Failure by senior managers to fulfill this particular responsibility should not be without consequences. In the cases of Korg, Casio and Fender, the fines were increased because executives and executives were involved in illegal and complicit behavior, while they were trained to respect competition. Within GAK, management`s failure to take concrete action in response to a CMA advisory letter also resulted in a significant increase in the fine imposed on the retailer. In many cases, parties to retailers may be perceived as „passive“ participants in such violations, and the CMA may have seen the benefit of retaining retail parties as cooperative allies and a good source of evidence gathering against the supplier, and chose not to enforce the law against them in order to maintain this momentum. Of course, retailers can also apply for immunity under the CMA`s leniency program and the awareness this case will create among suppliers guilty of rpm infringements increases the risk for retailers of being subject to an investigation into the RPM competition law in which they participated. April 2018 – CMA announces that it has opened five investigations into alleged anti-competitive agreements and concerted practices involving musical instruments and apparatus. Although controlling a company`s own market position is a legitimate business practice, the CMA will act on the basis of this price information in a way that could be seen as a restriction on retailers` freedom to set their own resale prices. Suppliers and retailers who have participated in RPM should therefore consider filing a leniency application with the CMA in order to obtain immunity from fines and personal sanctions before being charged by the other party concerned. Both Roland and Korg used price monitoring software that made it easier for them to control prices in real time and ensure compliance by their retailers. In addition, both suppliers were also aware that their conduct was contrary to competition law and that they had taken steps to hide what they were doing, but with its IT tools, the CMA nevertheless discovered emails and messages from computer servers and mobile phones. Both companies acknowledged the infringement in the context of the CMA`s settlement procedure, which resulted in a 20% reduction in the fine. This important enforcement action sends a clear message that the CMA takes RPM seriously and focuses on combating online sales practices that order retailers to maintain higher resale prices for their suppliers` branded products.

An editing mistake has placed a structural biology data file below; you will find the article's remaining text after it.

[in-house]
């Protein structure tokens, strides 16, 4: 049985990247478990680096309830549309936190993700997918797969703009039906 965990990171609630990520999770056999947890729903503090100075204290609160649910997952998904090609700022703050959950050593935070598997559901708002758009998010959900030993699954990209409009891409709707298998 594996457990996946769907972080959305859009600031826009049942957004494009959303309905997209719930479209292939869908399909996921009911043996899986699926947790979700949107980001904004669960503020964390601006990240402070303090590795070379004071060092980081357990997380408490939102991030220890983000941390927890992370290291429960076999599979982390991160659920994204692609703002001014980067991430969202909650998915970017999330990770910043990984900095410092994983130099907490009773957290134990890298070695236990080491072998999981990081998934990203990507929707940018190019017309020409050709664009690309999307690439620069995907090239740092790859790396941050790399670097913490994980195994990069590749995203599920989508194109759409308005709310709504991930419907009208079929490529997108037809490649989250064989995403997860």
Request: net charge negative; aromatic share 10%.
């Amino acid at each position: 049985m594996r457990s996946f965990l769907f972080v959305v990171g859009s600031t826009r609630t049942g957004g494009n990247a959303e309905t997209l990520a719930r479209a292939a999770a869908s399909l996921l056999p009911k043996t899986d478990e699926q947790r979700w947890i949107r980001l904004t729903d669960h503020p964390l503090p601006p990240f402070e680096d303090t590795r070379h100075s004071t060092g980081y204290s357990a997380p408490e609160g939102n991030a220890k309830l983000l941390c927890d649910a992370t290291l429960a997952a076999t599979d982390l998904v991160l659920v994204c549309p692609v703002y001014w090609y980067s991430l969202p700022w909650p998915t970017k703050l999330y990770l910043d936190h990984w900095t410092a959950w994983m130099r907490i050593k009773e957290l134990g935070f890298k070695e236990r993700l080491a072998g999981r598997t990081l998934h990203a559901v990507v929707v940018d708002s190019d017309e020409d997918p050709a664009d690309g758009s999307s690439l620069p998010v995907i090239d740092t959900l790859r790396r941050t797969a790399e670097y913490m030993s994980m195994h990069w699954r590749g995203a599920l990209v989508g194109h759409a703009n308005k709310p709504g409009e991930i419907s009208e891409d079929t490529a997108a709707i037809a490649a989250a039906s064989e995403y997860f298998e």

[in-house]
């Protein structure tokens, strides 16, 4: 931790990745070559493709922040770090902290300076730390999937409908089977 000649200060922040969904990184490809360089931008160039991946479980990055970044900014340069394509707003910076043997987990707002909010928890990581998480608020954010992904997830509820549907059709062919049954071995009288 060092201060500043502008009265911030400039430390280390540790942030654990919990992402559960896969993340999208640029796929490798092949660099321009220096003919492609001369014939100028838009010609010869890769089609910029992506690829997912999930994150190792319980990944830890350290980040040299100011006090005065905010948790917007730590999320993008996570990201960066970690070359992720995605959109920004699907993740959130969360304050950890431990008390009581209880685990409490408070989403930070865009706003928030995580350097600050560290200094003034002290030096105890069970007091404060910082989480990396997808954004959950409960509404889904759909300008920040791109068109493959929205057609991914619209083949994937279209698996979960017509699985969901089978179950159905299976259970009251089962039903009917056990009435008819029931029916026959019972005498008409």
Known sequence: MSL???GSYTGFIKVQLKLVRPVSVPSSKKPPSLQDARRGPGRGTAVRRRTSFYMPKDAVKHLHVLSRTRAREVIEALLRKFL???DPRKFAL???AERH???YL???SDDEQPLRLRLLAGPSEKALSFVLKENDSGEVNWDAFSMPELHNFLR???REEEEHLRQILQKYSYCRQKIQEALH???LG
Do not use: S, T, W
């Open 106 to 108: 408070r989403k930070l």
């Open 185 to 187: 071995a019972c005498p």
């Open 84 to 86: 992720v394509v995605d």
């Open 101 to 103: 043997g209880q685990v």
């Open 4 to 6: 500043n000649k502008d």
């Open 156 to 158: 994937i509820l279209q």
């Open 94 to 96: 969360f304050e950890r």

Except in very exceptional cases, third-party distributors outside a producer`s group of undertakings must be free to make prices as they see fit and any price controls, direct or indirect, that manufacturers impose on retailers are considered a monstrous breach of competition law, which may be punishable by potentially large fines and possibly even disqualification of directors. July 17, 2020 – CMA formally makes its infringement decision to a retailer and manufacturer as a result of the above comparison. The CMA also fined RPM for the first time on a retailer who agreed to implement the agreement, even though he had previously received a warning letter from the CMA stating that there was evidence that there was evidence that he could participate in RPM. Although, in the case of RPM retailers, the parties to the anti-competitive agreement are parties to the anti-competitive agreement, the CMA has so far only imposed fines on suppliers that are based on their imposing restrictions on retailers. In its open letter to the musical instrument industry, the CMA draws the attention of retailers to the fact that, if they agree to sell at fixed or minimum prices, they may be in breach of competition law. . . .